In support of the 16-days of Activism to Eliminate Violence Against Women, UN Women in the Philippines launched the Safe Cities: Women #FreeFromFearCampaign – 18 days of speaking out against Street Harassment. Every day, from November 25 until December 12, the Safe Cities Metro Manila Programme will stand one with the nation in the call to end VAW now. As part of the campaign, the Safe Cities Metro Manila Program (SCMM) has come up with the 4Rs as a guideline to help bystanders as well as the victims of violence in public spaces to fight back.
While many programs focus on responding to violence in public spaces, an important aspect of SCMM Program strategy is prevention through awareness-raising. Both women and men need to know what their rights are,what sexual harassment and violence include, and what they can do to stop it. Thus, everybody needs to realize that sexual harassment in public spaces is not just a trivial issue, and that all women have the right to move about in the city streets free from fear and free from violence.
If one feels safe enough, catcallers and street harassers need to be told off. Women who experience harassment, for example in a very public place such as inside a bus, should be very clear in expressing that the harassment is unwanted and unwelcome through physically moving away, staring down the harasser, or vocally disapproving. Women can also ask for help of bystanders. Similarly, those who witness a woman being sexually harassed should respond and be active bystanders. There are many strategies such as distracting the harassers, physically going in between the woman and harasser, teaming up with other bystanders to come to the aid of the victim and letting the harasser know you are all opposing his action together.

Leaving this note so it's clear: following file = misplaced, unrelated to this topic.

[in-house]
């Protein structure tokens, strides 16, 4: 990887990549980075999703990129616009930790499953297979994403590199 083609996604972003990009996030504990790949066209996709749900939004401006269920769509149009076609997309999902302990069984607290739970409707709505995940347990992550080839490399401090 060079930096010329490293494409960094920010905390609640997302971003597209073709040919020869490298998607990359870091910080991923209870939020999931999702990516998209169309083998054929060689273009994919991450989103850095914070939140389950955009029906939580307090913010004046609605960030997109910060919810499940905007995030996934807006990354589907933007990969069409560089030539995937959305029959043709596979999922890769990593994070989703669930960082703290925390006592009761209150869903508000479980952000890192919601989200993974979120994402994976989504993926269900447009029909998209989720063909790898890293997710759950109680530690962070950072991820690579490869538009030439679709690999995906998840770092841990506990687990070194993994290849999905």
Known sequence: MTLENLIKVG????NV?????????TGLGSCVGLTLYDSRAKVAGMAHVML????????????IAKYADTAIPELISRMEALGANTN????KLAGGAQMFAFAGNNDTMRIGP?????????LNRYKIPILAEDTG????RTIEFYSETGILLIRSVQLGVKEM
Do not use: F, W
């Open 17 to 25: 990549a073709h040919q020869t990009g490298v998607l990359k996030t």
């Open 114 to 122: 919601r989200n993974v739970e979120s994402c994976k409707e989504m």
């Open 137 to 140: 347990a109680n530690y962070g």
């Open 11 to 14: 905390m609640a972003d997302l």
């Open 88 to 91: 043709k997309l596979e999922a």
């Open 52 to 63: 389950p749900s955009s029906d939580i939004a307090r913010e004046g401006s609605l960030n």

Especially in cities with laws and policies against sexual harassment in public spaces, women should report the incidents. This can be done with local transport officials, the police, or village security focal points. The harassers may or may not get caught; however, what is important is that both victims and witnesses do not contribute to the culture of silence around this issue. Tell friends, family, and your support group. There are even numerous examples in New Delhi or Cairo where women post their experience on social media to warn other women or just to offer support to each other.
We need to create a culture of intolerance when it comes to sexual harassment and sexual violence against women in our city streets, transport and all public spaces. It cannot be done overnight, but there needs to be a growing movement from all sectors in society that oppose this sexual objectification of women. Social norms are created and can be re-created through increasing knowledge about simple cause and effect of people’s normalized behavior towards women. Safe Cities Metro Manila, for example, works closely with men’s networks of advocates against VAW as well as with city governments and grassroots organizations in developing locally owned and evidence-based programmes that are relevant to the local context.
While governments, International Organisations and NGOs have to work together to put in place proper programs to address the issue of violence against women in public spaces, every community member needs to realize that they too have a role to play. It can be a passive one, for example documenting instances of harassment once witnesses, or it can be an active one, choosing to intervene when someone is being harassed.
Either way, everyone should be a volunteer in the fight to stop violence against women.
It is not enough to say we want cities that are free from violence; but it is such an important indicator of safety that women are free from fear as they move about in the streets, participating in work/school/public life, and claiming their right to the city.